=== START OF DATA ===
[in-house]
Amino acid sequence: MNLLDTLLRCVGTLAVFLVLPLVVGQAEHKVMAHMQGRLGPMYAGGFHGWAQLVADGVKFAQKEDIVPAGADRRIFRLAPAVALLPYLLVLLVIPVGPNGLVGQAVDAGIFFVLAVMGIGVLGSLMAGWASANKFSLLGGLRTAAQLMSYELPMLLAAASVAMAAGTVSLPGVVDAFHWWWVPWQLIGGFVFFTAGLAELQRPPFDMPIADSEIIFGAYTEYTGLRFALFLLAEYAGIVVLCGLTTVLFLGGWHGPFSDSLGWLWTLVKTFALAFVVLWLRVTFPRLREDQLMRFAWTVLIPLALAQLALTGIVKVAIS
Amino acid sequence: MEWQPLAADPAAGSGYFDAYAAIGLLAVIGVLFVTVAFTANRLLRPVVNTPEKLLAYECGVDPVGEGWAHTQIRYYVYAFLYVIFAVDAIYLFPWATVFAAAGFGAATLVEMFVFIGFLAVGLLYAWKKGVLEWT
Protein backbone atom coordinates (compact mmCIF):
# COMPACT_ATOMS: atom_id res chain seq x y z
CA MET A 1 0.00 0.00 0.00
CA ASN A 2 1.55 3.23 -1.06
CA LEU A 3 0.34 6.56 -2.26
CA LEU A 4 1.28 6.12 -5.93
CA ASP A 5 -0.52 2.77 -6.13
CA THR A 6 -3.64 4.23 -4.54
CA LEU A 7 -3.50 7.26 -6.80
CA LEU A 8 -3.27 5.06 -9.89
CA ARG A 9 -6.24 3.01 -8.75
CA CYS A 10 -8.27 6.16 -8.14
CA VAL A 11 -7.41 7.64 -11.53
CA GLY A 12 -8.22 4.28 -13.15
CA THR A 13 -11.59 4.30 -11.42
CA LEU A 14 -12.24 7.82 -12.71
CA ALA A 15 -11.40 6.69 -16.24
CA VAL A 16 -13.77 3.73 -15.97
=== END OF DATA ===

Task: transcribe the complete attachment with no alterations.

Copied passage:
[in-house]
Amino acid sequence: MNLLDTLLRCVGTLAVFLVLPLVVGQAEHKVMAHMQGRLGPMYAGGFHGWAQLVADGVKFAQKEDIVPAGADRRIFRLAPAVALLPYLLVLLVIPVGPNGLVGQAVDAGIFFVLAVMGIGVLGSLMAGWASANKFSLLGGLRTAAQLMSYELPMLLAAASVAMAAGTVSLPGVVDAFHWWWVPWQLIGGFVFFTAGLAELQRPPFDMPIADSEIIFGAYTEYTGLRFALFLLAEYAGIVVLCGLTTVLFLGGWHGPFSDSLGWLWTLVKTFALAFVVLWLRVTFPRLREDQLMRFAWTVLIPLALAQLALTGIVKVAIS
Amino acid sequence: MEWQPLAADPAAGSGYFDAYAAIGLLAVIGVLFVTVAFTANRLLRPVVNTPEKLLAYECGVDPVGEGWAHTQIRYYVYAFLYVIFAVDAIYLFPWATVFAAAGFGAATLVEMFVFIGFLAVGLLYAWKKGVLEWT
Protein backbone atom coordinates (compact mmCIF):
# COMPACT_ATOMS: atom_id res chain seq x y z
CA MET A 1 0.00 0.00 0.00
CA ASN A 2 1.55 3.23 -1.06
CA LEU A 3 0.34 6.56 -2.26
CA LEU A 4 1.28 6.12 -5.93
CA ASP A 5 -0.52 2.77 -6.13
CA THR A 6 -3.64 4.23 -4.54
CA LEU A 7 -3.50 7.26 -6.80
CA LEU A 8 -3.27 5.06 -9.89
CA ARG A 9 -6.24 3.01 -8.75
CA CYS A 10 -8.27 6.16 -8.14
CA VAL A 11 -7.41 7.64 -11.53
CA GLY A 12 -8.22 4.28 -13.15
CA THR A 13 -11.59 4.30 -11.42
CA LEU A 14 -12.24 7.82 -12.71
CA ALA A 15 -11.40 6.69 -16.24
CA VAL A 16 -13.77 3.73 -15.97